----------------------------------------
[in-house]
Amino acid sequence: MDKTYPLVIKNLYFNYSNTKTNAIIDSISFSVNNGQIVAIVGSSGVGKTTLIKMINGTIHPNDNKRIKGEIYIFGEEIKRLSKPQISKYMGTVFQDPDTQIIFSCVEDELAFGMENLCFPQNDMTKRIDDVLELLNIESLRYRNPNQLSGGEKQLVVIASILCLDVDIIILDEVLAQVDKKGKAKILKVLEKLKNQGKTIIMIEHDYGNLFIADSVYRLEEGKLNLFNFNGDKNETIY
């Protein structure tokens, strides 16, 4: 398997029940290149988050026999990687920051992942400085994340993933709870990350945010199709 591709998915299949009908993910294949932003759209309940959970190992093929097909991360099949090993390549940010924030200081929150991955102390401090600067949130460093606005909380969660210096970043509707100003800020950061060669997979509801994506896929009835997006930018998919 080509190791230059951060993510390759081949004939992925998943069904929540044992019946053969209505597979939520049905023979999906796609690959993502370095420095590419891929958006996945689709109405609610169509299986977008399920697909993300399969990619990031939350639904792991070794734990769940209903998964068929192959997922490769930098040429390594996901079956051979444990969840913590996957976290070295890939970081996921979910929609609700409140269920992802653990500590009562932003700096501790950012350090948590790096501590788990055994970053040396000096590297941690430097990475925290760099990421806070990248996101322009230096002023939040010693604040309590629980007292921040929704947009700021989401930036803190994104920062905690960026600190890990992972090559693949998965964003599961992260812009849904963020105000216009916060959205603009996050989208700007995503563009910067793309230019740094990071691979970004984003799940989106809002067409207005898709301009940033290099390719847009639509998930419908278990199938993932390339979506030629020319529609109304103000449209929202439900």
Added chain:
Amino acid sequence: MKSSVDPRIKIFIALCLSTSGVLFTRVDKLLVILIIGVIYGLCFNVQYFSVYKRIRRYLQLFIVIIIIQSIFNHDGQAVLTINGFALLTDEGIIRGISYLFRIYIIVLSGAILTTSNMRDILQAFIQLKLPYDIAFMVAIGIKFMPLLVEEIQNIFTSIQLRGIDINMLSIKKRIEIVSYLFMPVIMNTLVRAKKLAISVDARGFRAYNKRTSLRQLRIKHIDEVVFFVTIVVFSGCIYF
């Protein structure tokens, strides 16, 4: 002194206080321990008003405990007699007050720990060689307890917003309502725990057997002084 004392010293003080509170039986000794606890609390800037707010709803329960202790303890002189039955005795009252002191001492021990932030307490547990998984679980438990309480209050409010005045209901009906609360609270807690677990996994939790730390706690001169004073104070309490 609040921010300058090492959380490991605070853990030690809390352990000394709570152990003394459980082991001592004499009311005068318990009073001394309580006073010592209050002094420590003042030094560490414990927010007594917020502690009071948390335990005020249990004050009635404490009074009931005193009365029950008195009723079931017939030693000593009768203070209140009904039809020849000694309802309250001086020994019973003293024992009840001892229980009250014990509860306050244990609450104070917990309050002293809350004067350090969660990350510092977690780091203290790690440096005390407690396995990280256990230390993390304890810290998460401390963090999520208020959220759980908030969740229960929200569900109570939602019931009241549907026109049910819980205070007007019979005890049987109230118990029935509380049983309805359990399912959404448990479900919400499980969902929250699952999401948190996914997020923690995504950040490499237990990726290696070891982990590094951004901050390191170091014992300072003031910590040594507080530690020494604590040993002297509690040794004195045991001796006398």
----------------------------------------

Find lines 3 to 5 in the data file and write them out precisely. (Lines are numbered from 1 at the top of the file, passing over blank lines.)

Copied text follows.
């Protein structure tokens, strides 16, 4: 398997029940290149988050026999990687920051992942400085994340993933709870990350945010199709 591709998915299949009908993910294949932003759209309940959970190992093929097909991360099949090993390549940010924030200081929150991955102390401090600067949130460093606005909380969660210096970043509707100003800020950061060669997979509801994506896929009835997006930018998919 080509190791230059951060993510390759081949004939992925998943069904929540044992019946053969209505597979939520049905023979999906796609690959993502370095420095590419891929958006996945689709109405609610169509299986977008399920697909993300399969990619990031939350639904792991070794734990769940209903998964068929192959997922490769930098040429390594996901079956051979444990969840913590996957976290070295890939970081996921979910929609609700409140269920992802653990500590009562932003700096501790950012350090948590790096501590788990055994970053040396000096590297941690430097990475925290760099990421806070990248996101322009230096002023939040010693604040309590629980007292921040929704947009700021989401930036803190994104920062905690960026600190890990992972090559693949998965964003599961992260812009849904963020105000216009916060959205603009996050989208700007995503563009910067793309230019740094990071691979970004984003799940989106809002067409207005898709301009940033290099390719847009639509998930419908278990199938993932390339979506030629020319529609109304103000449209929202439900």
Added chain:
Amino acid sequence: MKSSVDPRIKIFIALCLSTSGVLFTRVDKLLVILIIGVIYGLCFNVQYFSVYKRIRRYLQLFIVIIIIQSIFNHDGQAVLTINGFALLTDEGIIRGISYLFRIYIIVLSGAILTTSNMRDILQAFIQLKLPYDIAFMVAIGIKFMPLLVEEIQNIFTSIQLRGIDINMLSIKKRIEIVSYLFMPVIMNTLVRAKKLAISVDARGFRAYNKRTSLRQLRIKHIDEVVFFVTIVVFSGCIYF